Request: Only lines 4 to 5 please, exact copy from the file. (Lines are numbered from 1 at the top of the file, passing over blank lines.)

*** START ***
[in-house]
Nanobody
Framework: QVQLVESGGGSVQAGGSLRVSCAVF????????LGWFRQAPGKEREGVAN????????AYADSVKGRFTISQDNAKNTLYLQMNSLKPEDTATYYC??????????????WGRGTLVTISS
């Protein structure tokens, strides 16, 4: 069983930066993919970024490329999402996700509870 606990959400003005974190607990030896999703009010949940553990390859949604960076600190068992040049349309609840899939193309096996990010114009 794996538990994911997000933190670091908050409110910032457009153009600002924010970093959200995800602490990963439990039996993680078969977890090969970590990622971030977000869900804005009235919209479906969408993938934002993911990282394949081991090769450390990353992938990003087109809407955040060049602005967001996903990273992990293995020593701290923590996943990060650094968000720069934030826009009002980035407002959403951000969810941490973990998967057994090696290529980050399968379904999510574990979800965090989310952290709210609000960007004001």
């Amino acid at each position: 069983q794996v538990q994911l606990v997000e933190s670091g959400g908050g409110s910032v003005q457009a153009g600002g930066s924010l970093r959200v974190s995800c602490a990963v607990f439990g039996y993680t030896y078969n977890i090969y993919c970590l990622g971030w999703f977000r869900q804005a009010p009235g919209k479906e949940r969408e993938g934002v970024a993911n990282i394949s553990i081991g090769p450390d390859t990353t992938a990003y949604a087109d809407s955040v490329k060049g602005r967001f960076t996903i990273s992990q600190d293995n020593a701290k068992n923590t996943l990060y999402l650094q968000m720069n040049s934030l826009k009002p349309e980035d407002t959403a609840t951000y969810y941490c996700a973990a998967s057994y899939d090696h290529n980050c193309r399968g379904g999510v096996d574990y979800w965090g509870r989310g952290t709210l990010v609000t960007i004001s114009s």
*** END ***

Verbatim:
């Protein structure tokens, strides 16, 4: 069983930066993919970024490329999402996700509870 606990959400003005974190607990030896999703009010949940553990390859949604960076600190068992040049349309609840899939193309096996990010114009 794996538990994911997000933190670091908050409110910032457009153009600002924010970093959200995800602490990963439990039996993680078969977890090969970590990622971030977000869900804005009235919209479906969408993938934002993911990282394949081991090769450390990353992938990003087109809407955040060049602005967001996903990273992990293995020593701290923590996943990060650094968000720069934030826009009002980035407002959403951000969810941490973990998967057994090696290529980050399968379904999510574990979800965090989310952290709210609000960007004001």
């Amino acid at each position: 069983q794996v538990q994911l606990v997000e933190s670091g959400g908050g409110s910032v003005q457009a153009g600002g930066s924010l970093r959200v974190s995800c602490a990963v607990f439990g039996y993680t030896y078969n977890i090969y993919c970590l990622g971030w999703f977000r869900q804005a009010p009235g919209k479906e949940r969408e993938g934002v970024a993911n990282i394949s553990i081991g090769p450390d390859t990353t992938a990003y949604a087109d809407s955040v490329k060049g602005r967001f960076t996903i990273s992990q600190d293995n020593a701290k068992n923590t996943l990060y999402l650094q968000m720069n040049s934030l826009k009002p349309e980035d407002t959403a609840t951000y969810y941490c996700a973990a998967s057994y899939d090696h290529n980050c193309r399968g379904g999510v096996d574990y979800w965090g509870r989310g952290t709210l990010v609000t960007i004001s114009s």